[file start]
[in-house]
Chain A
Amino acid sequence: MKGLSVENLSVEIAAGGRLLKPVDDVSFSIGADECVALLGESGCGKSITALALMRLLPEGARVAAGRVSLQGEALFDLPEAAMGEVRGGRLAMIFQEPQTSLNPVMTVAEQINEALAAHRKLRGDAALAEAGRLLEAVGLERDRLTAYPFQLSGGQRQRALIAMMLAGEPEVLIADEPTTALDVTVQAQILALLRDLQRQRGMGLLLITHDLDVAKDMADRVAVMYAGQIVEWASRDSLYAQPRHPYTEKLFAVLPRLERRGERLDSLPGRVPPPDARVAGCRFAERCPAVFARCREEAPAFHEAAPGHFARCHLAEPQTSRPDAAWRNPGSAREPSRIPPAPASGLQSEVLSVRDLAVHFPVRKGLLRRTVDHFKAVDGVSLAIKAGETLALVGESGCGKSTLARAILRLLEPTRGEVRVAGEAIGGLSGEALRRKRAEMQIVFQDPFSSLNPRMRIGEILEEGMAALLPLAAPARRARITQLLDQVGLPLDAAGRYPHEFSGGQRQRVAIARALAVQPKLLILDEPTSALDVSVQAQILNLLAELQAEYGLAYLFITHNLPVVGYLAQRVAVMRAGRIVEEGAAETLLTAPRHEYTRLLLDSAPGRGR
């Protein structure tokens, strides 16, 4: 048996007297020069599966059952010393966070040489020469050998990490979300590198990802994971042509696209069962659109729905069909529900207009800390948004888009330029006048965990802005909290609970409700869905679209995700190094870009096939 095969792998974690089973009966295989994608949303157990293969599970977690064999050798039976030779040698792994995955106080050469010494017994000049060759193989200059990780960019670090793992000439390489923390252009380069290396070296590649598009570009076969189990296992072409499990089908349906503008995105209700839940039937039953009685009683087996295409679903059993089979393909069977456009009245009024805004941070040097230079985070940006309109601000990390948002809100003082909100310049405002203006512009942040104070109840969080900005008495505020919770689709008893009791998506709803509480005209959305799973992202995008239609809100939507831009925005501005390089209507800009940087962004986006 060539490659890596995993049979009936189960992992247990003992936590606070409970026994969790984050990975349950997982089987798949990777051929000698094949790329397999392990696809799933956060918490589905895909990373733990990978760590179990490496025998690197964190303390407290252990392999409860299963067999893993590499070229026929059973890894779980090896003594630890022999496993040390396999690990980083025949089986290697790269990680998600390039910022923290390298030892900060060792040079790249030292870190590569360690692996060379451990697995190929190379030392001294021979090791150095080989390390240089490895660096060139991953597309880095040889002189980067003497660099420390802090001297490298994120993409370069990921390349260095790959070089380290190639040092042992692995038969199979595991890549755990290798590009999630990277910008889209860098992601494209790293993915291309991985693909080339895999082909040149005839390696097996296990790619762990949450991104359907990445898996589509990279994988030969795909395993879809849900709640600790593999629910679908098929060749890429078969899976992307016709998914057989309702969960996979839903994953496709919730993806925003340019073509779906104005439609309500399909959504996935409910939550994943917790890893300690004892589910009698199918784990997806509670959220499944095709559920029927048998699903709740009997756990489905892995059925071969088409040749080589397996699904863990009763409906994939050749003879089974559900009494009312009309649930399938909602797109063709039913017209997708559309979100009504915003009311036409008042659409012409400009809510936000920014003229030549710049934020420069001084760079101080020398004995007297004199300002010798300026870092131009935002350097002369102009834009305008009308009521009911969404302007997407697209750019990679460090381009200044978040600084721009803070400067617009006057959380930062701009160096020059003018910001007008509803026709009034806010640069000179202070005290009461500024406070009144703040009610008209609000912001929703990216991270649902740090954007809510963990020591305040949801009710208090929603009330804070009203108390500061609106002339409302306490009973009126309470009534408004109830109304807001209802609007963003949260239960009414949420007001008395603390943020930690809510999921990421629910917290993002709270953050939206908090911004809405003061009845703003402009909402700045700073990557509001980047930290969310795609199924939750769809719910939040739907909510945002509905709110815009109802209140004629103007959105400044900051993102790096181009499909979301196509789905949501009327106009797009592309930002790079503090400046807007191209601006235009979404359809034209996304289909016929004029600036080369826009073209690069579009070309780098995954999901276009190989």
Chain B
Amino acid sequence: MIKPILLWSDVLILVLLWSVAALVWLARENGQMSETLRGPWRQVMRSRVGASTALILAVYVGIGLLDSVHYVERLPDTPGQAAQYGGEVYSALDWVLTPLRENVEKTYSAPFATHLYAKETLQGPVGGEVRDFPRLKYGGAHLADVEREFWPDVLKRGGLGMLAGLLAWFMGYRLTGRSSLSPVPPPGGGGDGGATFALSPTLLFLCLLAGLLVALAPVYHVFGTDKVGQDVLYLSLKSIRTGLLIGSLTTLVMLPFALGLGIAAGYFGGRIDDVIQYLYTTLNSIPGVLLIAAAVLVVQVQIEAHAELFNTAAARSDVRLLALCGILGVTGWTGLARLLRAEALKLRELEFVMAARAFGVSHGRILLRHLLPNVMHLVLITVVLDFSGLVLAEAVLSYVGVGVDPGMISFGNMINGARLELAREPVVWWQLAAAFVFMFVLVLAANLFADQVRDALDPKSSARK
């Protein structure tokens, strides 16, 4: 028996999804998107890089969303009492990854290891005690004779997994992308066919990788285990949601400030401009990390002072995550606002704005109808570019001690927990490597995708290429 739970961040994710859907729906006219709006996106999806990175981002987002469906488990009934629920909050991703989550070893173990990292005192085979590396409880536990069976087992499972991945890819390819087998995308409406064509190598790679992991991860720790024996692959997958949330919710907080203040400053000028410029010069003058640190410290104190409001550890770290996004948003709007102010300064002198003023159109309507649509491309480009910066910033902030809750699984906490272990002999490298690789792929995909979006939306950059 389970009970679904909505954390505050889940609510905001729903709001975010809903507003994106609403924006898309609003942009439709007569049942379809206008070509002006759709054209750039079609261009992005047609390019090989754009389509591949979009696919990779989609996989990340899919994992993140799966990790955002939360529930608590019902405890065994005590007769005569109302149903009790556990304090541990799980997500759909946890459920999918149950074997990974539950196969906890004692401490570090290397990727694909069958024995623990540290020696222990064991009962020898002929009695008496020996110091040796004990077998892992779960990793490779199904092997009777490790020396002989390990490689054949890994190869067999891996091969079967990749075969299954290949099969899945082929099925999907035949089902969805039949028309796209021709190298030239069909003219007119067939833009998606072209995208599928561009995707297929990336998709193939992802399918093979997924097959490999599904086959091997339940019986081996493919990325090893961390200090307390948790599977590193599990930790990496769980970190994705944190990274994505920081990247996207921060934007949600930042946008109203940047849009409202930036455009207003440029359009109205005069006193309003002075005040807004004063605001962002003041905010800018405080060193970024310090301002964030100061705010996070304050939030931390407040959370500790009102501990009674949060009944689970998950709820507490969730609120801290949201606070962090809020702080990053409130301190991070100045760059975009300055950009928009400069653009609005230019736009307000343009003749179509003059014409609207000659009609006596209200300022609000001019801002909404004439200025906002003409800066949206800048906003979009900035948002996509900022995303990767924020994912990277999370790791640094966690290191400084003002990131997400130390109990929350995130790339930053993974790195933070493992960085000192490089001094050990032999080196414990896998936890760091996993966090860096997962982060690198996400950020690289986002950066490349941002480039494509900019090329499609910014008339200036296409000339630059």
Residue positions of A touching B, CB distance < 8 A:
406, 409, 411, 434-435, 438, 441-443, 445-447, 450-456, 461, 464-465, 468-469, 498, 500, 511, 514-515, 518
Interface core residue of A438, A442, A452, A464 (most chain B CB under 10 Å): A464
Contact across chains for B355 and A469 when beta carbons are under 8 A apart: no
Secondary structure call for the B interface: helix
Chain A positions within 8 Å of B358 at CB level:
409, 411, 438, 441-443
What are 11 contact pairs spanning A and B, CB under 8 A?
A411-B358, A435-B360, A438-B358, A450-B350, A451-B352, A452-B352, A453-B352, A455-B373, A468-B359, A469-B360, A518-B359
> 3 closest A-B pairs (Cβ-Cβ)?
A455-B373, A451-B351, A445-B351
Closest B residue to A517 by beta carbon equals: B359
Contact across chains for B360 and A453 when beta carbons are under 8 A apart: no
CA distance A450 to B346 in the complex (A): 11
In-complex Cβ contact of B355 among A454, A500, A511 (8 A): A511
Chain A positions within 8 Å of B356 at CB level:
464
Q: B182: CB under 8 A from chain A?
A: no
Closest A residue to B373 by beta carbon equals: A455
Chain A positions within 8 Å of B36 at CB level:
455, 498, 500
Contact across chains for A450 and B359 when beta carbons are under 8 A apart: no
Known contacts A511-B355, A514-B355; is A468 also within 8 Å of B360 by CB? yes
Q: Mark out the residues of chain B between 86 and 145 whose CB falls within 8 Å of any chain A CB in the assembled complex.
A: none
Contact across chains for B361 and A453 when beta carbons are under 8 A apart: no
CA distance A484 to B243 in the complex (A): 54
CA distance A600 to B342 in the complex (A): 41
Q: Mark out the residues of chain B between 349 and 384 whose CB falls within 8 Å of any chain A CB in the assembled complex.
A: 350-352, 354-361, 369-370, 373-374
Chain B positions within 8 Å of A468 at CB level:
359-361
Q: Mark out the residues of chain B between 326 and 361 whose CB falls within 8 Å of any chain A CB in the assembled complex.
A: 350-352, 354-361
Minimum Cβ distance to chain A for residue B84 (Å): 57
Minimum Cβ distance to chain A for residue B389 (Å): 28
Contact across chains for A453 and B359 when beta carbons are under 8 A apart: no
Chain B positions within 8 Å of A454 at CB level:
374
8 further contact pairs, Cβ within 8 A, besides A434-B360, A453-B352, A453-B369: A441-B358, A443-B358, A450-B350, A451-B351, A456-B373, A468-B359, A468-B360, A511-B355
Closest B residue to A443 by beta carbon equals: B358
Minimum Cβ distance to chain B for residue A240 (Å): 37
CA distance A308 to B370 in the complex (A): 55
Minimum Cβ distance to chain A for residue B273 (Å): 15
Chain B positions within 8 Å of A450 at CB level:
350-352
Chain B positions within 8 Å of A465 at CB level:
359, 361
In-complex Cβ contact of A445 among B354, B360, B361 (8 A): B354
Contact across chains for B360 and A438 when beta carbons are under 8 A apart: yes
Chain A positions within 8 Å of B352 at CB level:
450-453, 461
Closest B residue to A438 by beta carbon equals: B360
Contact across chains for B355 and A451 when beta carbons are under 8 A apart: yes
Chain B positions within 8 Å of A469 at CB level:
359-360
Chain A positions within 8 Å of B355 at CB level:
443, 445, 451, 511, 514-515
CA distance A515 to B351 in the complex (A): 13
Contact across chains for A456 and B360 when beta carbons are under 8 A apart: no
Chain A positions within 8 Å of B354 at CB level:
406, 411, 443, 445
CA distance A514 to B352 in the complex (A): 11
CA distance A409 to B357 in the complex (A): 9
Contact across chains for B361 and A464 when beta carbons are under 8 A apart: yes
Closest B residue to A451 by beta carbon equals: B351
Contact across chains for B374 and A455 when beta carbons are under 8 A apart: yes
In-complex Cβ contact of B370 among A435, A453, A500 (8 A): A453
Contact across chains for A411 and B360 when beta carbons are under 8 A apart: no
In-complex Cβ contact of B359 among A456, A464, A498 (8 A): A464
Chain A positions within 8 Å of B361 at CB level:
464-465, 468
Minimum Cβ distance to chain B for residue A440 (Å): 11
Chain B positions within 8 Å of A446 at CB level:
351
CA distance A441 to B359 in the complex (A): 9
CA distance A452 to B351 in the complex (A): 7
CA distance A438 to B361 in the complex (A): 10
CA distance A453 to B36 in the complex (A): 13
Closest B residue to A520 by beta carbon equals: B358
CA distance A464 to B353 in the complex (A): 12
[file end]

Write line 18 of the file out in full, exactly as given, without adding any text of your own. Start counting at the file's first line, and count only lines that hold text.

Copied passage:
A455-B373, A451-B351, A445-B351